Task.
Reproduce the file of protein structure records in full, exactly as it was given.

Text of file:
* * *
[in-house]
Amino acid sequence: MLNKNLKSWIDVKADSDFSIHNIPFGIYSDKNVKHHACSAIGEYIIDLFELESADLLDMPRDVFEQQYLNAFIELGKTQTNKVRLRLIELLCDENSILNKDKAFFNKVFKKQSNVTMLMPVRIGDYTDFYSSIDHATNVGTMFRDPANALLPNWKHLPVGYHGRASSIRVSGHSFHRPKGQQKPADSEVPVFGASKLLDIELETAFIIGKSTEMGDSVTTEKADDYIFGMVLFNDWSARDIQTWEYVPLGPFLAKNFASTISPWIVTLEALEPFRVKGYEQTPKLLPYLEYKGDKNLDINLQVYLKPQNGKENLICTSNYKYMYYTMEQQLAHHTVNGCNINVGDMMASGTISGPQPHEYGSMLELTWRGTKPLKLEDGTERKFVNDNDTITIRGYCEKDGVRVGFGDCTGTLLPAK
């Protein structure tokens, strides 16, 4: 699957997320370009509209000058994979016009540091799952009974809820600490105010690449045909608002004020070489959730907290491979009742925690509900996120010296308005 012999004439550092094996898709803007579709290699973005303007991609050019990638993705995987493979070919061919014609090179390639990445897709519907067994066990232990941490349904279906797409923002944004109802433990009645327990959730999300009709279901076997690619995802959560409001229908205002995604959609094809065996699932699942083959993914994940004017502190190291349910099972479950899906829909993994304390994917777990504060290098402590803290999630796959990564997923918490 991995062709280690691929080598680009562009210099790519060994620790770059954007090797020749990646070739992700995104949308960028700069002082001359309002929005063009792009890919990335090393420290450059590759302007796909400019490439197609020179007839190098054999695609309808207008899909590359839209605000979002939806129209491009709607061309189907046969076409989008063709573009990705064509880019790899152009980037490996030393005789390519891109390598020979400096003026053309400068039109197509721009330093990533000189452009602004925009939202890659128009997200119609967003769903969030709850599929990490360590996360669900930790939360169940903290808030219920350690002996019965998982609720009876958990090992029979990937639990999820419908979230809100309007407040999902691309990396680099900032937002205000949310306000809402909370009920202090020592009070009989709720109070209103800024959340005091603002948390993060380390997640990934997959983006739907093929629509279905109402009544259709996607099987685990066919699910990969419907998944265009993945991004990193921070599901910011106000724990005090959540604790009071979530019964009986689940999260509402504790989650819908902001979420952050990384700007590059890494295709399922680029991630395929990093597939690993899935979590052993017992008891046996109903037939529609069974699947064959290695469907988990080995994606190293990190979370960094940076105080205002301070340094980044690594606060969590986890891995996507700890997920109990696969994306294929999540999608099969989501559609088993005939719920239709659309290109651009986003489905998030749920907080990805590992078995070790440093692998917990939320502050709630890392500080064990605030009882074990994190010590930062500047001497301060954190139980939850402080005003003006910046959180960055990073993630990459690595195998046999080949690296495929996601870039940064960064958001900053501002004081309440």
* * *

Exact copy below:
[in-house]
Amino acid sequence: MLNKNLKSWIDVKADSDFSIHNIPFGIYSDKNVKHHACSAIGEYIIDLFELESADLLDMPRDVFEQQYLNAFIELGKTQTNKVRLRLIELLCDENSILNKDKAFFNKVFKKQSNVTMLMPVRIGDYTDFYSSIDHATNVGTMFRDPANALLPNWKHLPVGYHGRASSIRVSGHSFHRPKGQQKPADSEVPVFGASKLLDIELETAFIIGKSTEMGDSVTTEKADDYIFGMVLFNDWSARDIQTWEYVPLGPFLAKNFASTISPWIVTLEALEPFRVKGYEQTPKLLPYLEYKGDKNLDINLQVYLKPQNGKENLICTSNYKYMYYTMEQQLAHHTVNGCNINVGDMMASGTISGPQPHEYGSMLELTWRGTKPLKLEDGTERKFVNDNDTITIRGYCEKDGVRVGFGDCTGTLLPAK
């Protein structure tokens, strides 16, 4: 699957997320370009509209000058994979016009540091799952009974809820600490105010690449045909608002004020070489959730907290491979009742925690509900996120010296308005 012999004439550092094996898709803007579709290699973005303007991609050019990638993705995987493979070919061919014609090179390639990445897709519907067994066990232990941490349904279906797409923002944004109802433990009645327990959730999300009709279901076997690619995802959560409001229908205002995604959609094809065996699932699942083959993914994940004017502190190291349910099972479950899906829909993994304390994917777990504060290098402590803290999630796959990564997923918490 991995062709280690691929080598680009562009210099790519060994620790770059954007090797020749990646070739992700995104949308960028700069002082001359309002929005063009792009890919990335090393420290450059590759302007796909400019490439197609020179007839190098054999695609309808207008899909590359839209605000979002939806129209491009709607061309189907046969076409989008063709573009990705064509880019790899152009980037490996030393005789390519891109390598020979400096003026053309400068039109197509721009330093990533000189452009602004925009939202890659128009997200119609967003769903969030709850599929990490360590996360669900930790939360169940903290808030219920350690002996019965998982609720009876958990090992029979990937639990999820419908979230809100309007407040999902691309990396680099900032937002205000949310306000809402909370009920202090020592009070009989709720109070209103800024959340005091603002948390993060380390997640990934997959983006739907093929629509279905109402009544259709996607099987685990066919699910990969419907998944265009993945991004990193921070599901910011106000724990005090959540604790009071979530019964009986689940999260509402504790989650819908902001979420952050990384700007590059890494295709399922680029991630395929990093597939690993899935979590052993017992008891046996109903037939529609069974699947064959290695469907988990080995994606190293990190979370960094940076105080205002301070340094980044690594606060969590986890891995996507700890997920109990696969994306294929999540999608099969989501559609088993005939719920239709659309290109651009986003489905998030749920907080990805590992078995070790440093692998917990939320502050709630890392500080064990605030009882074990994190010590930062500047001497301060954190139980939850402080005003003006910046959180960055990073993630990459690595195998046999080949690296495929996601870039940064960064958001900053501002004081309440």